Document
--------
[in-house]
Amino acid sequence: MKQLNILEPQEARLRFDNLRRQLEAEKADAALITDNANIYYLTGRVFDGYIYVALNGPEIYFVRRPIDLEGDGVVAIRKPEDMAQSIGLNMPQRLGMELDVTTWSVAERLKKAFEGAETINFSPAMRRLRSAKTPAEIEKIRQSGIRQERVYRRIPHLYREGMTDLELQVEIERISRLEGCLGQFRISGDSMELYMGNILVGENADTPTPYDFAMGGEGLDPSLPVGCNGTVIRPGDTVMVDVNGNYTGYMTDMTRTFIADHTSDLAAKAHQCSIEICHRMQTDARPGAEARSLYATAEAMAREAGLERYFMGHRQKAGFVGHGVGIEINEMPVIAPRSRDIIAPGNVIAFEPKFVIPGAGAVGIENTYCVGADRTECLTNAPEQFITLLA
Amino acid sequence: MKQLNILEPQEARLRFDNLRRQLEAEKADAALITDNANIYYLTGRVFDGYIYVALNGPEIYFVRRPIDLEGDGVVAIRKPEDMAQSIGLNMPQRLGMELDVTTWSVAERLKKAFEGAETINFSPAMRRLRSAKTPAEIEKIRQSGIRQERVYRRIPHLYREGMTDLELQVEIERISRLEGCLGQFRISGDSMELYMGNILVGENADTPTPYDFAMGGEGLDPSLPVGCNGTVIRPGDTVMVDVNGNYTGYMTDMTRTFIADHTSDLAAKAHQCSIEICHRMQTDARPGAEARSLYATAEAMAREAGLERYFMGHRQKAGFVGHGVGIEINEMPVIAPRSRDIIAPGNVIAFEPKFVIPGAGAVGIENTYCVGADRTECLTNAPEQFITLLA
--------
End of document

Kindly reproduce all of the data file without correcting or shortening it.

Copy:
[in-house]
Amino acid sequence: MKQLNILEPQEARLRFDNLRRQLEAEKADAALITDNANIYYLTGRVFDGYIYVALNGPEIYFVRRPIDLEGDGVVAIRKPEDMAQSIGLNMPQRLGMELDVTTWSVAERLKKAFEGAETINFSPAMRRLRSAKTPAEIEKIRQSGIRQERVYRRIPHLYREGMTDLELQVEIERISRLEGCLGQFRISGDSMELYMGNILVGENADTPTPYDFAMGGEGLDPSLPVGCNGTVIRPGDTVMVDVNGNYTGYMTDMTRTFIADHTSDLAAKAHQCSIEICHRMQTDARPGAEARSLYATAEAMAREAGLERYFMGHRQKAGFVGHGVGIEINEMPVIAPRSRDIIAPGNVIAFEPKFVIPGAGAVGIENTYCVGADRTECLTNAPEQFITLLA
Amino acid sequence: MKQLNILEPQEARLRFDNLRRQLEAEKADAALITDNANIYYLTGRVFDGYIYVALNGPEIYFVRRPIDLEGDGVVAIRKPEDMAQSIGLNMPQRLGMELDVTTWSVAERLKKAFEGAETINFSPAMRRLRSAKTPAEIEKIRQSGIRQERVYRRIPHLYREGMTDLELQVEIERISRLEGCLGQFRISGDSMELYMGNILVGENADTPTPYDFAMGGEGLDPSLPVGCNGTVIRPGDTVMVDVNGNYTGYMTDMTRTFIADHTSDLAAKAHQCSIEICHRMQTDARPGAEARSLYATAEAMAREAGLERYFMGHRQKAGFVGHGVGIEINEMPVIAPRSRDIIAPGNVIAFEPKFVIPGAGAVGIENTYCVGADRTECLTNAPEQFITLLA